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Chapter 20

This webpage reproduces a chapter of


History of the Ukraine
By Dmytro Doroshenko

printed by
The Institute Press, Ltd.
Edmonton, Alberta,
1939

The text is in the public domain.

This page has been carefully proofread
and I believe it to be free of errors.
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Chapter 22

 p405  Chapter XXI

 * * * *

(The numbers link directly to the sections.)

(131) Policy of Russian Government Towards the Ukraine After the Catastrophe of Poltava. (132) Demoralization of Cossack Officers. (133) Hetman Ivan Skoropadsky. (134) Works on Canals. (135) Ruin of Ukrainian Foreign Trade. (136) "Little Russian" Board (Collegium). (137) Hetman Paul Polubotok. (138) New Course of Policy Towards the Ukraine in the Reign of Peter II. (139) Hetman Daniel Apostol.

 * * * *

131. Policy of Russian Government Towards the Ukraine After the Catastrophe of Poltava.

In accordance with the Treaty of Pruth and also in consequence of an understanding with Poland, Tsar Peter definitely renounced all pretensions to the Ukraine of the Right Bank. The rest of the population was transferred to the Left Bank or Slobidska Ukraine, the fortress of Bila Tserkva was returned to Poland and the Russian army evacuated the Right Bank of the Dnieper. In spite of all endeavors of Charles XII and Orlik, Turkey was not to be persuaded into a fresh war with Russia and peace among the two powers lasted for at least twenty-five years. The Zaporogian Cossacks accepted the protectorate of the Crimean Khan and transferred their camp, the Sich, lower down the river at the Dnieper's mouth, near the present town of Kherson. Their position was very hard. Cut off from their country, put under the protectorate of their old enemy, the Tatars, they felt their position very keenly. They suffered materially, especially under the prohibition of trade with the Ukraine, and Tsar Peter strictly ordered the Ukrainian population not to have any relations with the Zaporogian Cossacks. The Zaporogians were not allowed to approach the frontier, arms being used against them. Thus the Zaporogian Sich, which always enjoyed the sympathy of the Ukrainian population, was now completely cut off from Ukrainian life except for the refugees who constantly came from there.

 p406  If we look at the consequences of Peter's victory of Poltava we can see that they were very hard for the Ukraine. First of all the whole south of the Ukraine that had been won as far as the shores of the Black and the Azov Seas, was now completely lost in favor of the Turks and the Tatars and access to the Black Sea was again forbidden by the Treaty of Pruth. Moreover, the Ukraine of the Right Bank was definitely surrendered to Poland.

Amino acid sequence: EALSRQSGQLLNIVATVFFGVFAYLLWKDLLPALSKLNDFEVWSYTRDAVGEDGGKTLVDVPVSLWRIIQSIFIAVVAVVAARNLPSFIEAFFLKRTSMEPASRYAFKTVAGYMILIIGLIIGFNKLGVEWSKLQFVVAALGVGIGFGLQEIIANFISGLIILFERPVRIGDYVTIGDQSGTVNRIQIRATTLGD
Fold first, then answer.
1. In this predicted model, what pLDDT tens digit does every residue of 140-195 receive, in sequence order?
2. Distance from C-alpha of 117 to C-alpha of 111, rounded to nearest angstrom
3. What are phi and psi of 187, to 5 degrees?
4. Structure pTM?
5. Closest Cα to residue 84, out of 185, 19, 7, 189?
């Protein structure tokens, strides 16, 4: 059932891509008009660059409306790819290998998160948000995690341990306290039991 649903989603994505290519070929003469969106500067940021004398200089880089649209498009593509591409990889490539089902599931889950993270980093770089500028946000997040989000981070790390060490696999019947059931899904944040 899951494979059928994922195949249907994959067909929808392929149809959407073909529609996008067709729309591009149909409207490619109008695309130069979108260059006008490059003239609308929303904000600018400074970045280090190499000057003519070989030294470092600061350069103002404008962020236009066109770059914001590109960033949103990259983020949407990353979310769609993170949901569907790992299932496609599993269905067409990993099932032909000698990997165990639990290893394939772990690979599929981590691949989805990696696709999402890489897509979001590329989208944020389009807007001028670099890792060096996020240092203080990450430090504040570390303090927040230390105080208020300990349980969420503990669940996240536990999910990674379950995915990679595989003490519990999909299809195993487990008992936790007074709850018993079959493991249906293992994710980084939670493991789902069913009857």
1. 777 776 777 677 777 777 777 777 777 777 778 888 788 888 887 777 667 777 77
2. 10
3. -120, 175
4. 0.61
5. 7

The triumph of Tsar Peter over Sweden fell no less heavily on the Ukraine of the Left Bank. Though before his victory over Charles XII Peter had used Ukrainian resources for his own interest, all of which lay in the north on the Baltic, still he made no attempt to break the Ukrainian constitution. Now he openly boasted of soon having Ukraine "under his thumb", according to his own words. Having learned by experience how important Ukrainian resources were to the interests of the Muscovite State, and how dangerous her separation would be, he decided to put an end to this danger once for all. Being a man who never shrank from any sacrifices to achieve his aims, who never had any regard for his own people but by means of sword and fire tried to beat them into shape and make them look like Germans, how should he have any consideration for Ukrainians whom he always felt to be hostile and independent? Maddened by Mazepa's defection to Charles XII, he gave vent to his terrible vengeance on those on whom he could lay his hands. But he also knew how to wait, and his policy in encroaching upon Ukrainian autonomy was a model of patient but unswerving, truly Muscovite craftiness. Not at once, but slowly and systematically he also weakened the Ukrainian population physically, ruined their material welfare and exhausted their resources.

132. Demoralization of Cossack Officers.

Peter was prevented by external circumstances from making any considerable changes immediately. He could not know what turn his strife with Sweden would take.  p407 On the contrary, it was to his interest to attach the Ukrainian population to himself; so, at the beginning he abstained from making any violent attacks on their constitution. Thus he published his Manifesto to the Ukrainian people promising all possible "rights and liberties such as no people in the world had ever had". He spared no effort to win over those of the Cossack officers who were to be won by material gains. He sent gold and presents to the Zaporogians. But at the same time he firmly held to the principle "divide that you may rule". Nothing can be more characteristic of Peter's policy in the Ukraine than a letter from his minister Golitsyn to the Chancellor Golovkin which contains the whole programme. "For our safety in Ukraina", Golitsyn wrote, "it is necessary first of all to sow discord between the Hetman and the colonels. You will do well not to fulfil any request of the Hetman. When the population sees that the Hetman has not as much power as Mazepa, there is hope that they will turn informers and denunciators. Therefore, it were unwise to treat informers and denunciators harshly; if the first two who come give you false information and you can treat them graciously, you will certainly receive true information from the third. This policy will keep the Hetman and Officers in check and render them powerless. But first of all it is necessary to prevent the Hetman and the colonels from agreement. If you succeed in obtaining this, we shall know all their affairs".

At the time of the election of the new Hetman in Hlukhov only a few Officers appeared and among them only three colonels. All present wished to have Paul Polubotok, the Colonel of Chernigov, a very energetic and courageous man. But Tsar Peter, declaring that Polubotok would turn out to be a second Mazepa, ordered the election of the Colonel of Starodub, Ivan Skoropadsky, an elderly man of quiet and amiable disposition.